Across the Channel, election season is causing some uncertainty in France, with a late surge in popularity of French Presidential candidate Marine La Pen. Although this is the second time she has locked horns with President Macron (following the 2017 presidential election), polls suggest it might not be the same comfortable victory for the incumbent. Although Macron won the first round of voting, polling indicates the second round could swing either way.

A Macron victory would very much be a continuation vote, while a Le Pen win could cause some worries among EU policy makers, putting additional pressure on markets.

Unpredictable political cycles are part and parcel of long-term investing. Again, a diversified portfolio and strategic asset allocation can help smooth out some of this volatility and will ultimately drive returns.

Wealth Check

A new year marks new beginnings and a clean slate – so the start of the new tax year on 6th April 2022 means now is the perfect time to set some new goals. What’s more, early use of the fresh tax allowances and exemptions could be rewarding over the longer term, helping you achieve the future you want.

Here’s a reminder of the main tax exemptions and allowances, and what has – or hasn’t – changed for this year.

Income Tax and National Insurance

The personal allowance is the amount of income you don’t have to pay tax on, and it remains at £12,570. The basic rate is still 20%, and the higher-rate threshold (at which you start paying 40%) is £50,270.

National Insurance contributions (NICs) are increasing by 1.25% this tax year as a Health and Social Care Levy. The majority of employees will pay National Insurance at 13.25%, taking the total tax from their salaries, including 20% basic rate, to 33.25%.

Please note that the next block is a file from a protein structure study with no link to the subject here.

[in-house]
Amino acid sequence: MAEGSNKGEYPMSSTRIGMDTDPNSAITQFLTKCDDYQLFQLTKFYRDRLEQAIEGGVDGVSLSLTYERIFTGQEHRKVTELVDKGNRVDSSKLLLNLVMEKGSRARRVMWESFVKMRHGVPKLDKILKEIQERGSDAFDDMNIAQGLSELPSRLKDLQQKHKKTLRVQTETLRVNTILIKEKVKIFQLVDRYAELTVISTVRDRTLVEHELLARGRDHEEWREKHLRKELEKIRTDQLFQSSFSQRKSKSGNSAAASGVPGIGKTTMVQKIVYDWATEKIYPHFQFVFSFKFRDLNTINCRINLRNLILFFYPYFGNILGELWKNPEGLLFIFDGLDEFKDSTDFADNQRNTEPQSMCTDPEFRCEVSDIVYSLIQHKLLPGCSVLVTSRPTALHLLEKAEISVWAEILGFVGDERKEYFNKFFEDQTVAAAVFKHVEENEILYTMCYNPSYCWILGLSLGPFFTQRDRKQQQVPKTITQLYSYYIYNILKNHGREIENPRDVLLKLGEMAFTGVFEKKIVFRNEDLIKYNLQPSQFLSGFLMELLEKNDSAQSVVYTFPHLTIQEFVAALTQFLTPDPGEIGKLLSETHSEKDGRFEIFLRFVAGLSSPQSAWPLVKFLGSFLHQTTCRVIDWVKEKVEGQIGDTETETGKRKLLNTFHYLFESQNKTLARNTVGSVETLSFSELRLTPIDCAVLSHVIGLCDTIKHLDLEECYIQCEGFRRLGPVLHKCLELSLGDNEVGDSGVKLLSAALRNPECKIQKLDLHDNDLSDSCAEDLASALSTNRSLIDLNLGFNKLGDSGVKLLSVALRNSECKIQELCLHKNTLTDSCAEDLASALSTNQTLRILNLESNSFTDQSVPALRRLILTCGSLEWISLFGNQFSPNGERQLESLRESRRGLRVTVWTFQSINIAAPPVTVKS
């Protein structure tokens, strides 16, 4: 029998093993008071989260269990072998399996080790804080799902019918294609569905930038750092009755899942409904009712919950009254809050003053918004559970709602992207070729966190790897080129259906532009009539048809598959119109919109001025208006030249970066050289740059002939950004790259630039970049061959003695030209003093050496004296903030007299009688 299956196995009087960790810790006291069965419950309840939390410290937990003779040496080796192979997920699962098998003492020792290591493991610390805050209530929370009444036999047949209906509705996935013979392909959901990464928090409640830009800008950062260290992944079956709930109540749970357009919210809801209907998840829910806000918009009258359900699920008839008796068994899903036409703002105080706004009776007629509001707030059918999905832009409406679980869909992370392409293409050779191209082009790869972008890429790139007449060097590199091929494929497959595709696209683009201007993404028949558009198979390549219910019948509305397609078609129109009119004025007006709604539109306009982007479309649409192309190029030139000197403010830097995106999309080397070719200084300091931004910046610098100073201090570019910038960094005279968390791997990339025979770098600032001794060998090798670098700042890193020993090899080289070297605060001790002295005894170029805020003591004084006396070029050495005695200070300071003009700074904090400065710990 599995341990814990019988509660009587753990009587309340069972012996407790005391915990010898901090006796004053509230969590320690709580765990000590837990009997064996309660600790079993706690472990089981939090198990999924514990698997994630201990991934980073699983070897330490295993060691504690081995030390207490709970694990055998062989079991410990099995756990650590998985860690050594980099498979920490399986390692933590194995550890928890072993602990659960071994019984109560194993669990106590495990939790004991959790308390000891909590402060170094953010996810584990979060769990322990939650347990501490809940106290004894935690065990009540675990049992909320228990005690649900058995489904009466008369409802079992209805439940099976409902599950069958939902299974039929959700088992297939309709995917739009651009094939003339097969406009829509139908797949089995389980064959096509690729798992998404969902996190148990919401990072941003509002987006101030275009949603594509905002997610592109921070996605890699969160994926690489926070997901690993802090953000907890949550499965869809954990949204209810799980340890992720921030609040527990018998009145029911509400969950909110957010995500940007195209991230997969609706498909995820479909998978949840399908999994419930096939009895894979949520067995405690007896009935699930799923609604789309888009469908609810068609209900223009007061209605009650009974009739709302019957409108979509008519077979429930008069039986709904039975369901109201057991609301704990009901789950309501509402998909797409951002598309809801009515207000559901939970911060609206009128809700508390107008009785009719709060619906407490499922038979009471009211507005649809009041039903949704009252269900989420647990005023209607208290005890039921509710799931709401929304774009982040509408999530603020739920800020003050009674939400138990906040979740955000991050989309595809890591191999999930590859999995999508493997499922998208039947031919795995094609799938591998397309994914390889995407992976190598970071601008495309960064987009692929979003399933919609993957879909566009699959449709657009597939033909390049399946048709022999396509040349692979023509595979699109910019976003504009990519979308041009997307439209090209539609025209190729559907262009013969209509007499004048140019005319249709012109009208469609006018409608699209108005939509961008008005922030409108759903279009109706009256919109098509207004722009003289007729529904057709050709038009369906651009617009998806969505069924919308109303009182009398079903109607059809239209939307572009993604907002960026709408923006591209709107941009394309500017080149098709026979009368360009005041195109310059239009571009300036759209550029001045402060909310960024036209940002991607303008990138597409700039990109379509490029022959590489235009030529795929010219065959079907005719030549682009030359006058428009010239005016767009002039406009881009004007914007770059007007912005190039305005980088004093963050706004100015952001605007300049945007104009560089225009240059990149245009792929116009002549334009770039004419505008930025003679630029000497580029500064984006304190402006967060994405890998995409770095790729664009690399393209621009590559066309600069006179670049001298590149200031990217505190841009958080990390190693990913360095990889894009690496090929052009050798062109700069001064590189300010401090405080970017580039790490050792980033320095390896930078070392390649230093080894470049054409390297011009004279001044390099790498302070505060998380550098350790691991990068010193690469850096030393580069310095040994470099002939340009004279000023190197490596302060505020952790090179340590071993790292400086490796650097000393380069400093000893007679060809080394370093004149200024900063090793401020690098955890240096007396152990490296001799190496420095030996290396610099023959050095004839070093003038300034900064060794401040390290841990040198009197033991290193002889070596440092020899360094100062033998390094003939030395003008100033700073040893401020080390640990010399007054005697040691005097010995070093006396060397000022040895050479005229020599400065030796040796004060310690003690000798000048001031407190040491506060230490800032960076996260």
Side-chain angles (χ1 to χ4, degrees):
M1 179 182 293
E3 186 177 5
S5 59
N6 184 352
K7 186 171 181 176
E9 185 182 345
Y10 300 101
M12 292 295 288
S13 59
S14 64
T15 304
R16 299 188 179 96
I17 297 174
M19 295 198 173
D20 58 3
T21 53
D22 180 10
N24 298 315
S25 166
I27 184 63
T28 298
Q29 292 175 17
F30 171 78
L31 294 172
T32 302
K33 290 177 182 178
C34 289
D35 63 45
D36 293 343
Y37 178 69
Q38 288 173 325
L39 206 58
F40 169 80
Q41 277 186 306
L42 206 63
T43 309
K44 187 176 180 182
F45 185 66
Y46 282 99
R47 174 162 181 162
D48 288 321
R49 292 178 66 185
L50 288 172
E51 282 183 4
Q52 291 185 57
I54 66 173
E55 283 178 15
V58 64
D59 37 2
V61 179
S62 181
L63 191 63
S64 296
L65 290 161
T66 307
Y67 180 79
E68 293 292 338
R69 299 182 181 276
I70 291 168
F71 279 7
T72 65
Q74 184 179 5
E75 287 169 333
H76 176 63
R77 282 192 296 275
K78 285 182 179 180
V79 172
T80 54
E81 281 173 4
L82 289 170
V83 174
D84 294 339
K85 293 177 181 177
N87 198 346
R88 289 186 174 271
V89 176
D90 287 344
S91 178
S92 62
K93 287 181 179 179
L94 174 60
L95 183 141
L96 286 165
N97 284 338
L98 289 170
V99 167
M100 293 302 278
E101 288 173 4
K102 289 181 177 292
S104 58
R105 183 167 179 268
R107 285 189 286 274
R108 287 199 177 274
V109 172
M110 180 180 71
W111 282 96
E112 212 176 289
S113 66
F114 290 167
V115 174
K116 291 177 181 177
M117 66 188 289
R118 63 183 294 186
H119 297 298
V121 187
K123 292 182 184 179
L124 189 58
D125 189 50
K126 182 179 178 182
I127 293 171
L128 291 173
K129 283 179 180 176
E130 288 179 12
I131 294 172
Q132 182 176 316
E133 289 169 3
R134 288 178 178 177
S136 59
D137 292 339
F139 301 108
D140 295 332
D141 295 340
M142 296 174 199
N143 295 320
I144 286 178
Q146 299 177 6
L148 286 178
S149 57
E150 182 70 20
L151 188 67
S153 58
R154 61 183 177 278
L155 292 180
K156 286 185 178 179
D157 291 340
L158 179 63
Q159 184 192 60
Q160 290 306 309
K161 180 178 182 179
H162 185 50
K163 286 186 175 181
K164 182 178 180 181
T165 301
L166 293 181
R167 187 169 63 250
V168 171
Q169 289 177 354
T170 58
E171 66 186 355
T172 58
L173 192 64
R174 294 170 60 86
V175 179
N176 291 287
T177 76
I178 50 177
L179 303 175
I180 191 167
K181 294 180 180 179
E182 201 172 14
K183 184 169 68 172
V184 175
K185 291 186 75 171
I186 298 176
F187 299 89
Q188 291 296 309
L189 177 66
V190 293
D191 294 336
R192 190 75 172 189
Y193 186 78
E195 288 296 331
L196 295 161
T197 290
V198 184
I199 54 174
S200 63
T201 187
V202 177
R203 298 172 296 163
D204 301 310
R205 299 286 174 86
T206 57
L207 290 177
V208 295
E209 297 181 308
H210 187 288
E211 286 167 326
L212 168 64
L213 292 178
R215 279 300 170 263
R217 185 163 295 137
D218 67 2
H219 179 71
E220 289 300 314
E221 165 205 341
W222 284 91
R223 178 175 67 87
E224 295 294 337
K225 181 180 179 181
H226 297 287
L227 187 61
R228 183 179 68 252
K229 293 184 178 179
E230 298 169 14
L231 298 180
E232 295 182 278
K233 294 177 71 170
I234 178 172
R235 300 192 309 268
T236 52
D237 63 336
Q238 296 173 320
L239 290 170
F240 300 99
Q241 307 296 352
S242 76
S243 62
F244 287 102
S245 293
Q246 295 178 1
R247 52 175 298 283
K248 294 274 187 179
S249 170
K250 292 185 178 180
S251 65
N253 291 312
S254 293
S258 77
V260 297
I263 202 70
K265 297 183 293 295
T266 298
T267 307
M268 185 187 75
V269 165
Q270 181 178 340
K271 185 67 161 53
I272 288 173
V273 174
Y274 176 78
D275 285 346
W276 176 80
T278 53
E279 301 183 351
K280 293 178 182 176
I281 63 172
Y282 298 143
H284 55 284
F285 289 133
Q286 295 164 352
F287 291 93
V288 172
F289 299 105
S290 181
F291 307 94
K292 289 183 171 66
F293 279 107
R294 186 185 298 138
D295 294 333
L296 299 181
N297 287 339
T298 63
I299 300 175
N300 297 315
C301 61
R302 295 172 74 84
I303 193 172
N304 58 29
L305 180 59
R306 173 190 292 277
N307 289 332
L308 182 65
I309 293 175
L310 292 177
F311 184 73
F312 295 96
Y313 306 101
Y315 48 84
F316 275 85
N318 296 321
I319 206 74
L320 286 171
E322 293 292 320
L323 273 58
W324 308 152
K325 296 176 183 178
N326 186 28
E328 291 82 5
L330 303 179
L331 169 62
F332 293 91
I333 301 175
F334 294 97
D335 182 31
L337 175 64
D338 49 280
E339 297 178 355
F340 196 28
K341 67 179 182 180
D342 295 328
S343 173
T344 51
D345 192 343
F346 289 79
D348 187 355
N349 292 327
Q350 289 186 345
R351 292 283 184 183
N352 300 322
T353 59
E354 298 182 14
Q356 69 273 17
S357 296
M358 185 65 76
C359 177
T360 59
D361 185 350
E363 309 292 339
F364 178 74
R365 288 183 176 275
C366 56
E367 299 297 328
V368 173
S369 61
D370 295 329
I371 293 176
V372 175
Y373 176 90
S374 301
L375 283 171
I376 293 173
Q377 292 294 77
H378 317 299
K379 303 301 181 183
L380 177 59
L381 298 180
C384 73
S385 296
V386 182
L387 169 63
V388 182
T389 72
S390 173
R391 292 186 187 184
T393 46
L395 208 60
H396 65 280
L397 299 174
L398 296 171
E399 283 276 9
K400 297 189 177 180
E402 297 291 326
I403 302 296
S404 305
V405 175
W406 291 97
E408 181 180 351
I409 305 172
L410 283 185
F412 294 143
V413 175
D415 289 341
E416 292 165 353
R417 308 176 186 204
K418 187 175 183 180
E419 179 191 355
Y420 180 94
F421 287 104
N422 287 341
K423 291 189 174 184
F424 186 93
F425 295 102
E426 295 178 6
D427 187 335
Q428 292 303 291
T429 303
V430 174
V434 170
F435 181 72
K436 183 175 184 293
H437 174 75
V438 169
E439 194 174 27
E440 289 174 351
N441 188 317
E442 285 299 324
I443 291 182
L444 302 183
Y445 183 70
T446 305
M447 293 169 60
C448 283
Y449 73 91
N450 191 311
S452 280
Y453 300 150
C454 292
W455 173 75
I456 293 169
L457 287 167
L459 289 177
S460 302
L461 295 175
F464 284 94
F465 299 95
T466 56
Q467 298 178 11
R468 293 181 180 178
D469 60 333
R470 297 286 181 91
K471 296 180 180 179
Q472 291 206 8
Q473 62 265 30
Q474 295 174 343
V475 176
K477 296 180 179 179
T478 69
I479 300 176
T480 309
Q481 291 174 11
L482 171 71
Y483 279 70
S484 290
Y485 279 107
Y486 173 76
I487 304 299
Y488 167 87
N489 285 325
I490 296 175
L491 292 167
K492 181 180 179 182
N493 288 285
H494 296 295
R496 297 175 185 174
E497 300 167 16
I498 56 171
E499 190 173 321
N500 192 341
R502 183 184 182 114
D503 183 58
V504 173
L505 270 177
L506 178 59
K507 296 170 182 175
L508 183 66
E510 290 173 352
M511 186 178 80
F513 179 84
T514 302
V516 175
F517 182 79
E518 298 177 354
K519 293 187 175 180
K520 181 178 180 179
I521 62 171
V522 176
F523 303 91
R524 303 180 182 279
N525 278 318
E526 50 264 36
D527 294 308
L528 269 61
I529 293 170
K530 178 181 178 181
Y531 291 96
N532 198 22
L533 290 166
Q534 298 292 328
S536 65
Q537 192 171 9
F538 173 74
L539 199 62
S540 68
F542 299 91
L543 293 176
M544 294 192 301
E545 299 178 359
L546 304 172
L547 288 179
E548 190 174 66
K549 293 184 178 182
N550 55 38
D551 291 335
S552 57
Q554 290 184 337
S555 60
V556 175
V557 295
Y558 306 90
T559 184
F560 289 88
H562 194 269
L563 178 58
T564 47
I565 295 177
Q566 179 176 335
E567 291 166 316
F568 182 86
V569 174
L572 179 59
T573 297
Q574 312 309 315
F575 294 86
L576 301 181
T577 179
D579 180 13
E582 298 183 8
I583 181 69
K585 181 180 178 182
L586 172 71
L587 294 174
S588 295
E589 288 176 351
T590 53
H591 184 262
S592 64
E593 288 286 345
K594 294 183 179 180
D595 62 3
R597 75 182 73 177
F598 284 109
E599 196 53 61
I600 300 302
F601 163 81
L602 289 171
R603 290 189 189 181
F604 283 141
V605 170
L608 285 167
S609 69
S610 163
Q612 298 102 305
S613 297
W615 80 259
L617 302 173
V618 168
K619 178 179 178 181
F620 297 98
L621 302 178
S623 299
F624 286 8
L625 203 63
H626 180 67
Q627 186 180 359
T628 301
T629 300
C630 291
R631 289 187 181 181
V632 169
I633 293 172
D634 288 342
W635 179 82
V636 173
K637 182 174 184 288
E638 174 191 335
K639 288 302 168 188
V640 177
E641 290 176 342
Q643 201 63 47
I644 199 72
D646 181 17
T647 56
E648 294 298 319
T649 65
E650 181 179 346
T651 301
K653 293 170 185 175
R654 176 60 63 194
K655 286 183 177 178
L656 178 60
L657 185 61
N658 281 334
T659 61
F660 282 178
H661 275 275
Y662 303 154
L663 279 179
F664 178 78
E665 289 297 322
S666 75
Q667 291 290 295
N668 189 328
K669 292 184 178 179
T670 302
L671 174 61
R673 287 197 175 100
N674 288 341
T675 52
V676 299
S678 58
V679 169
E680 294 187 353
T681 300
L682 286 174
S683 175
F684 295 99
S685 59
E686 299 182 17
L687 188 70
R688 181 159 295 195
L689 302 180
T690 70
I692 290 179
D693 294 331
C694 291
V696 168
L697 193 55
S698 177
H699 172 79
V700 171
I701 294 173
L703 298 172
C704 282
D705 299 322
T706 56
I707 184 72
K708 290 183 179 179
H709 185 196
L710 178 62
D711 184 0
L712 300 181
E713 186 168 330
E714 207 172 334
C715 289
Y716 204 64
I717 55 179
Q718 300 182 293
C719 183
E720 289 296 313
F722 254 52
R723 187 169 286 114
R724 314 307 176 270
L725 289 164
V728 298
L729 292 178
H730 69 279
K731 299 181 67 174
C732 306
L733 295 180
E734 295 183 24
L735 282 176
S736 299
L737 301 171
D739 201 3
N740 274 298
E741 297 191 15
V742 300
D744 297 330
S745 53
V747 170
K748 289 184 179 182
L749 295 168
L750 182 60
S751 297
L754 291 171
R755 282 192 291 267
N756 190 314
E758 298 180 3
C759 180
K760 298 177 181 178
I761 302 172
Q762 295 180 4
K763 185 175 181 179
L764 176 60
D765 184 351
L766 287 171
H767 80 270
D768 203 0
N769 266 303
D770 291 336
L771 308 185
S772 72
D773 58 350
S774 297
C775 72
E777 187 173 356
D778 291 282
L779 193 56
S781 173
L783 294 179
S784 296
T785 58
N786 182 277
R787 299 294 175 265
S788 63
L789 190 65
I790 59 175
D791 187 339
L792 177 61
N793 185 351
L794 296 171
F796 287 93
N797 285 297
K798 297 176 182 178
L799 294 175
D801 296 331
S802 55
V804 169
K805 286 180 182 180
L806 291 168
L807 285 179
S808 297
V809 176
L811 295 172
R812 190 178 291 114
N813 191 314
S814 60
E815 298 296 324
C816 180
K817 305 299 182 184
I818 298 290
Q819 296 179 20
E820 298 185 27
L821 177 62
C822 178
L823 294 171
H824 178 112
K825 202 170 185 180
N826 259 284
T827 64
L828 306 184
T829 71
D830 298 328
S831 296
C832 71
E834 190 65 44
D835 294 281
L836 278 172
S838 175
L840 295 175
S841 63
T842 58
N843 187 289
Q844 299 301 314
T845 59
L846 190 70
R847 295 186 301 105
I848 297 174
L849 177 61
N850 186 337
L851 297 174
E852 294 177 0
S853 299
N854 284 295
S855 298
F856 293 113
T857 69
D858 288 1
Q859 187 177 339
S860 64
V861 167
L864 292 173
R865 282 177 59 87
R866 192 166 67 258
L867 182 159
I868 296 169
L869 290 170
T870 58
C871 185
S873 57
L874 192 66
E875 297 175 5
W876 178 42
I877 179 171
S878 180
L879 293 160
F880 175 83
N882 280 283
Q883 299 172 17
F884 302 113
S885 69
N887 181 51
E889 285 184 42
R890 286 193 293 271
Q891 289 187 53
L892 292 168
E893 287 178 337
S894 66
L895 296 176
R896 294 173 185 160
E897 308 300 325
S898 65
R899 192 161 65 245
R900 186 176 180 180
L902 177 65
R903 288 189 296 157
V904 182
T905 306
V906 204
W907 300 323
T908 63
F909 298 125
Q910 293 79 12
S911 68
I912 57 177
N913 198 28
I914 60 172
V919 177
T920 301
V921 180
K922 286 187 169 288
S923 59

Sunak, on the other hand, has also raised the NIC threshold by £3,000 as of July 2022 – aligning it to the personal income tax allowance at £12,570. The idea behind this is that around 70% of NIC payers will pay less, despite the Levy.

Dividend and savings income

Basic-rate taxpayers can continue to earn £1,000 interest on savings before paying tax in 2022/23 through the Personal Savings Allowance. The allowance remains at £500 for higher-rate taxpayers, and it’s zero for additional-rate taxpayers. Furthermore, the dividend allowance has remained unchanged at £2,000.

The government has also increased Dividend Tax by 1.25%, meaning investors and company directors owning shares in their business will pay more on their earnings.

Personal pensions

In spite of all the supposition about possible reductions in pensions allowances, they’ve been left untouched for this tax year.

Most people can get tax relief on pension contributions up to £40,000 a tax year – or 100% of relevant earnings, if less.

That annual allowance continues to decrease for individuals with an adjusted income in excess of £240,000 and threshold income over £200,000. The minimum reduced annual allowance this year is £4,000.